There are few policies that inspire a faster response. In fact, I’m betting your own answer has already sprung into your mind.
Growing up as a conservative in the south, my own answer to that question was always a resounding “yes.”
Binge-watching crime shows like "CSI" and "Law & Order" most likely contributed to my views. In these shows, there is always DNA evidence, police and the prosecutors consistently follow the law, and the right offender is always identified. For many Americans, this is as close as they will get to the criminal justice system. But nothing could be further from reality.
I changed my mind on the death penalty when I began working on criminal justice reform policies and was presented with the basic facts surrounding the system. DNA evidence is actually only available in fewer than 10 percent of cases, and it is hardly as concrete and infallible as TV shows portray. In fact, many practices once considered foolproof have been proven to be “junk science,” including bite-mark evidence, ballistics testing, and microscopic hair analysis.
This means that there is a lot more room for error in the system than one might initially think. In fact, 162 people have been exonerated from death row when evidence of their innocence was finally examined. That’s no small number, it’s actually about one exoneration for every ten executions.
Upon considering these facts, one might be convinced that the death penalty system is problematic, but it gets worse. Not only is the risk of a wrongful conviction high, it’s also costly. And no, shortening the appeals process would not make it cheaper; it would just result in innocent people being killed by their government. (70 percent of the death penalty’s costs are incurred at the trial level).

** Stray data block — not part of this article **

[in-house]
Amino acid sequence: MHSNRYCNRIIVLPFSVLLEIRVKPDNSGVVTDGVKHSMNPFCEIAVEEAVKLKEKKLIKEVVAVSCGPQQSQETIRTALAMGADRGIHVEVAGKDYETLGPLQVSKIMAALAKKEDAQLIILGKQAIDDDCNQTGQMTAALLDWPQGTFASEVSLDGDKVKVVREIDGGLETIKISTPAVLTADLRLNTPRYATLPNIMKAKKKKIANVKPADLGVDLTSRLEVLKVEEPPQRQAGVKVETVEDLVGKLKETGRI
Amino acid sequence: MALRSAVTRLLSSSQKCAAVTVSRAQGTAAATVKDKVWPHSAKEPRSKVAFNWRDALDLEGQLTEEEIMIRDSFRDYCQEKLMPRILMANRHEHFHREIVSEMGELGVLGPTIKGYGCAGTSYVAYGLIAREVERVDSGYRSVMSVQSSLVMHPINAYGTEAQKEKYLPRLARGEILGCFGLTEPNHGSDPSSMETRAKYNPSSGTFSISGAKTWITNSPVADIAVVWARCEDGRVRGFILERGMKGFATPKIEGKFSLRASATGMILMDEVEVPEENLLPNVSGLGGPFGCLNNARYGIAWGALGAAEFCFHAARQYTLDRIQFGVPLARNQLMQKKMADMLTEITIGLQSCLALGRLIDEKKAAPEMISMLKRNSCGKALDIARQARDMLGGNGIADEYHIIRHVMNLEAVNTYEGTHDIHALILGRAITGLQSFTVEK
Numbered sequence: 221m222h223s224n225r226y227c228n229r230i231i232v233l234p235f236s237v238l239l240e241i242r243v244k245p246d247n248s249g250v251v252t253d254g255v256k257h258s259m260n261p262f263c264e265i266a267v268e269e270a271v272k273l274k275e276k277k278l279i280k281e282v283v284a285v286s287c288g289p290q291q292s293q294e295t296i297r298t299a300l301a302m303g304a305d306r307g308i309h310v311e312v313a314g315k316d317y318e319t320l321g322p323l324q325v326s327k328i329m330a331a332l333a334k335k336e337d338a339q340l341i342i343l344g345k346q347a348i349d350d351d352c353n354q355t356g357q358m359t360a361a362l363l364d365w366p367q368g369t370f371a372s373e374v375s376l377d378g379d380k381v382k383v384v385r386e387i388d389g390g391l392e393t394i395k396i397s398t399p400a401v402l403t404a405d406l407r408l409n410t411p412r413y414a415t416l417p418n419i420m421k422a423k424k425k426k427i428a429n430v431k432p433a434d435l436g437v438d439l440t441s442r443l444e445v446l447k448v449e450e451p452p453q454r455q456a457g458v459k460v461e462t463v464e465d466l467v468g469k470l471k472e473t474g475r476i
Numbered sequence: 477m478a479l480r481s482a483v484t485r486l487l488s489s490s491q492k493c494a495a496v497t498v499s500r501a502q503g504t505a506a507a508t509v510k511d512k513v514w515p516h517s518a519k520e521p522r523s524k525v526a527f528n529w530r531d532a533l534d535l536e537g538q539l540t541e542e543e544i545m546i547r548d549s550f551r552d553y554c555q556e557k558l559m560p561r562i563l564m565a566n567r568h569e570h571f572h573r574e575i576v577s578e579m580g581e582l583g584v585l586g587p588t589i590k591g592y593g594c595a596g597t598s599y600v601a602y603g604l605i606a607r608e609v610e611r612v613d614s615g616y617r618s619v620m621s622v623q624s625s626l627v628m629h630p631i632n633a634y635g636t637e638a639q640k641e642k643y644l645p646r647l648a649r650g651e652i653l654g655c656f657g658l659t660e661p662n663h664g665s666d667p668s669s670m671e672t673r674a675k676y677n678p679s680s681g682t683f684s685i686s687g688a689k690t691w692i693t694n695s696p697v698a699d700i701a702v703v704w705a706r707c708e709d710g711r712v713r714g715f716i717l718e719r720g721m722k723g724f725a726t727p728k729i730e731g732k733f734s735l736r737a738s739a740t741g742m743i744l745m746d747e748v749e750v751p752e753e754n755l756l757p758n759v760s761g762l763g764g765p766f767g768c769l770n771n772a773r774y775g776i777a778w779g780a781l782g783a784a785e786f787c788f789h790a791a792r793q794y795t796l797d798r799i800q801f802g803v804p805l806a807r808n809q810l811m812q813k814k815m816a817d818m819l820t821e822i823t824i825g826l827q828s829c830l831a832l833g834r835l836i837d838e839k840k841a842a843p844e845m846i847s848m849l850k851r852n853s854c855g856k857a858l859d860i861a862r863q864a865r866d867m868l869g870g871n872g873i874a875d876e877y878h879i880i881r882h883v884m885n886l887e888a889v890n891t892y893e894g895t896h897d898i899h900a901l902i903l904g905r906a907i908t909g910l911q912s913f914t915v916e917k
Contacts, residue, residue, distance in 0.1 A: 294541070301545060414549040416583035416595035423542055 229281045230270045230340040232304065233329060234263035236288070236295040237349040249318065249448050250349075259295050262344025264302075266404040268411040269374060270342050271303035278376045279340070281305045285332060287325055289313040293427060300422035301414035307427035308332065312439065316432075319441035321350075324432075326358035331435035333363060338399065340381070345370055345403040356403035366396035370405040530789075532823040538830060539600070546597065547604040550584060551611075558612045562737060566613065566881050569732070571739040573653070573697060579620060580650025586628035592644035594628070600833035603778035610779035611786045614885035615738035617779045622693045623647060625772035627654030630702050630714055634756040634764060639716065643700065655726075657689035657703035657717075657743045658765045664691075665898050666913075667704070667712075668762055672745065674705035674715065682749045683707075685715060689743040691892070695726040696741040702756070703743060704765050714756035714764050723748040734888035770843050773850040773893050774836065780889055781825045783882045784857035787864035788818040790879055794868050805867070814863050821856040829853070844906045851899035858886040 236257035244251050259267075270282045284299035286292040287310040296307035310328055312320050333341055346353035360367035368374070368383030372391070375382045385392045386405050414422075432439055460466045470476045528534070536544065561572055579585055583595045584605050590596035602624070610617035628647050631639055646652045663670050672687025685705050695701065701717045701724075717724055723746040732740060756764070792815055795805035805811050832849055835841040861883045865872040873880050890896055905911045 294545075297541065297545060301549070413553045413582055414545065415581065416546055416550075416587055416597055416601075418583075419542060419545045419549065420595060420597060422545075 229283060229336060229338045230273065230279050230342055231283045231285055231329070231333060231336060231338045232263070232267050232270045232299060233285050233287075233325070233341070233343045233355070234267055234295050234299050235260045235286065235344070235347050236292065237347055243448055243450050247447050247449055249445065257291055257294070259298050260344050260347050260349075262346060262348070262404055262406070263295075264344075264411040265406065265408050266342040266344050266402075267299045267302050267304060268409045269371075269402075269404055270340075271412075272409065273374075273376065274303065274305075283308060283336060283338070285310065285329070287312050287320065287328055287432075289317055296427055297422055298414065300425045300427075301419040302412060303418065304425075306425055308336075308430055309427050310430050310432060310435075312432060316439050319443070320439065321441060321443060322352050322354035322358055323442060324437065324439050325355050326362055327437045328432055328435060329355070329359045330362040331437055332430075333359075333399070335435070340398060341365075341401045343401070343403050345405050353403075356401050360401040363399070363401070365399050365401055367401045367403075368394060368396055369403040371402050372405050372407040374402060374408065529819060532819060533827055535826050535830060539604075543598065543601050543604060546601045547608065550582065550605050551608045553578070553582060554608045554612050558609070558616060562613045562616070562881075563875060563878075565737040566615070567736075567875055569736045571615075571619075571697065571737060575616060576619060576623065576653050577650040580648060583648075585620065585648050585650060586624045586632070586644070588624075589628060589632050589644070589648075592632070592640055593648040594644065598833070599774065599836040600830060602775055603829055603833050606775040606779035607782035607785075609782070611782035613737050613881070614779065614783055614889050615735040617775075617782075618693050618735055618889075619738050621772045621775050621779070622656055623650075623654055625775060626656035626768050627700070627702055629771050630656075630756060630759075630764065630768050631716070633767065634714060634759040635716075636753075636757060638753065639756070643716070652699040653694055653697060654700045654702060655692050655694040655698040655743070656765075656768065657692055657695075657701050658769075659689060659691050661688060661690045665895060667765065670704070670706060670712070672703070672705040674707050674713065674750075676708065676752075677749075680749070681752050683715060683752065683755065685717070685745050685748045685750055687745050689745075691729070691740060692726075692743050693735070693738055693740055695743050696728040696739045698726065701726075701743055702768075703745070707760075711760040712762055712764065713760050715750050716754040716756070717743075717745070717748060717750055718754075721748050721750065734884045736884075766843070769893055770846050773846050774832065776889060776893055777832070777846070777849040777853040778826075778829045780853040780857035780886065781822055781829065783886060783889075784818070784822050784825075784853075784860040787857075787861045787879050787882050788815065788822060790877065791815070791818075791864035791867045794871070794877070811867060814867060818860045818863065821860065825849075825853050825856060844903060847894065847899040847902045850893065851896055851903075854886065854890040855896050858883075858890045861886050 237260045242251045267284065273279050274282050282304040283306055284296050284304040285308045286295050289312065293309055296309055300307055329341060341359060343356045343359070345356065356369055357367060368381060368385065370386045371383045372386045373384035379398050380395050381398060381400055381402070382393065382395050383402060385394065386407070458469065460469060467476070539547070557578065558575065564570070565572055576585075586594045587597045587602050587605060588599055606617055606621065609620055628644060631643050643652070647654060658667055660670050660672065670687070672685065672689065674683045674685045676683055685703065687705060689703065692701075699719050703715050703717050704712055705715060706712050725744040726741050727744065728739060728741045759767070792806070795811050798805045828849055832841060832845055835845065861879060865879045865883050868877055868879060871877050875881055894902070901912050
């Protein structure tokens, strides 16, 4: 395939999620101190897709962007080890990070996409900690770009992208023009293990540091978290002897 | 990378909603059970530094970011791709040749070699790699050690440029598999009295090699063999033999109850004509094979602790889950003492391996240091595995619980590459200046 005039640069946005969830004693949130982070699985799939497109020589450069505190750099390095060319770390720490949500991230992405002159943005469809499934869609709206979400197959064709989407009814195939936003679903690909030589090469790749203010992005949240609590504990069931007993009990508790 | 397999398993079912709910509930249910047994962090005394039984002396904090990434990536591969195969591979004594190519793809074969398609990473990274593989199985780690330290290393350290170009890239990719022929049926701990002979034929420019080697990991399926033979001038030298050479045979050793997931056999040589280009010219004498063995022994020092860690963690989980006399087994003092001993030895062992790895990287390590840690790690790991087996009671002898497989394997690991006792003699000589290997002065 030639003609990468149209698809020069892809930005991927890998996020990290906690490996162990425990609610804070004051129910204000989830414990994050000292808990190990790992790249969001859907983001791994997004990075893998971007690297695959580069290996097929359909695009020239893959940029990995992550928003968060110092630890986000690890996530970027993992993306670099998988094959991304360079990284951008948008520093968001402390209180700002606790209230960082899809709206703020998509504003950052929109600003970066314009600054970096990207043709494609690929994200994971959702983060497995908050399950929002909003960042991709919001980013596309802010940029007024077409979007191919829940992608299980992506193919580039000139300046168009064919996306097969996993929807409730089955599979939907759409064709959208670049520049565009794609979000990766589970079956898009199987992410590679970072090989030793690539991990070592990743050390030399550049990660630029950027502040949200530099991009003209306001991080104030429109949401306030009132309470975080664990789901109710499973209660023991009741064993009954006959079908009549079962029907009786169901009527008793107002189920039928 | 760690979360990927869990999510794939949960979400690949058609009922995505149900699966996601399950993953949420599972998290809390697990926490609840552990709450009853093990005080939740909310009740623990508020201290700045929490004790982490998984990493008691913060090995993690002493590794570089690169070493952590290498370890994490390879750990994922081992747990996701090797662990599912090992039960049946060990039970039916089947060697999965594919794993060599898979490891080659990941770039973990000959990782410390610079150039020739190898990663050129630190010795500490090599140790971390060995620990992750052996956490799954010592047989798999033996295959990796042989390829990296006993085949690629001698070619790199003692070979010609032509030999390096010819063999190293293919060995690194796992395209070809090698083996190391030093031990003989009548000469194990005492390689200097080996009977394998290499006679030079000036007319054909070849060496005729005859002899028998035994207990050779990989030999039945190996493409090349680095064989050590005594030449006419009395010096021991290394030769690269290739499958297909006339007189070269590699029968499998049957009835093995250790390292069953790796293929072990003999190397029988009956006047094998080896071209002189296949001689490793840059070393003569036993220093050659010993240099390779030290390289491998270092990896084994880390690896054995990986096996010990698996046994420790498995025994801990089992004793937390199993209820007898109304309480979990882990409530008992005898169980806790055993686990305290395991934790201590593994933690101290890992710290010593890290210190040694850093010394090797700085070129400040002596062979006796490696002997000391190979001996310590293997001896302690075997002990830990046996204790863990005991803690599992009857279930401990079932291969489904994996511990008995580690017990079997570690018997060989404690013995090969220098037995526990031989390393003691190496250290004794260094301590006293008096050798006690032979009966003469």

And while all citizens bear the costs of the death penalty, it really is only 2 percent of counties that bring the majority of death penalty cases. Whether or not to seek death is entirely up to the prosecutor’s office, and the reality is that most do not choose to pursue it. Since reinstatement of the death penalty in 1976, all executions have come from only 15 percent of counties. What this all means is that it isn’t the worst crimes that end up being capitally charged, it’s just dependent on where the crime occurs. Interestingly enough, the areas that use the death penalty the most frequently continue to have the highest rates for violent crime as well.
On top of all of this, out of 52,175 murders in 50 cities over the last 10 years, 51 percent did not result in an arrest. Additionally, less than one fifth of property crimes are actually cleared, and the nation faces a severe backlog for rape kits with some estimates putting it in the hundreds of thousands for kits waiting to be tested. We’re not being tough on crime under this system, we’re wasting valuable resources that could be used to solve more crimes.
All of these reasons contributed to my changing my stance on the death penalty several years ago, and I continue to find more issues within the system that concern me.
Due to these concerns, I can no longer stay silent on this issue, which is why I am pleased to have taken on a new role as the National Manager for an organization called Conservatives Concerned About the Death Penalty (CCATDP). CCATDP is working across the country to educate people about these serious problems with the death penalty and seeking reforms. No matter what you think about the death penalty in theory, it’s time for us to recognize that it is not working in practice and should be eliminated.
Hannah Cox is the National Manager of Conservatives Concerned About the Death Penalty. Hannah was previously Director of Outreach for the Beacon Center of Tennessee, a free-market think tank. Prior to that, she was Director of Development for the Tennessee Firearms Association and a policy advocate for the National Alliance on Mental Illness. To read more of her reports — Click Here Now.
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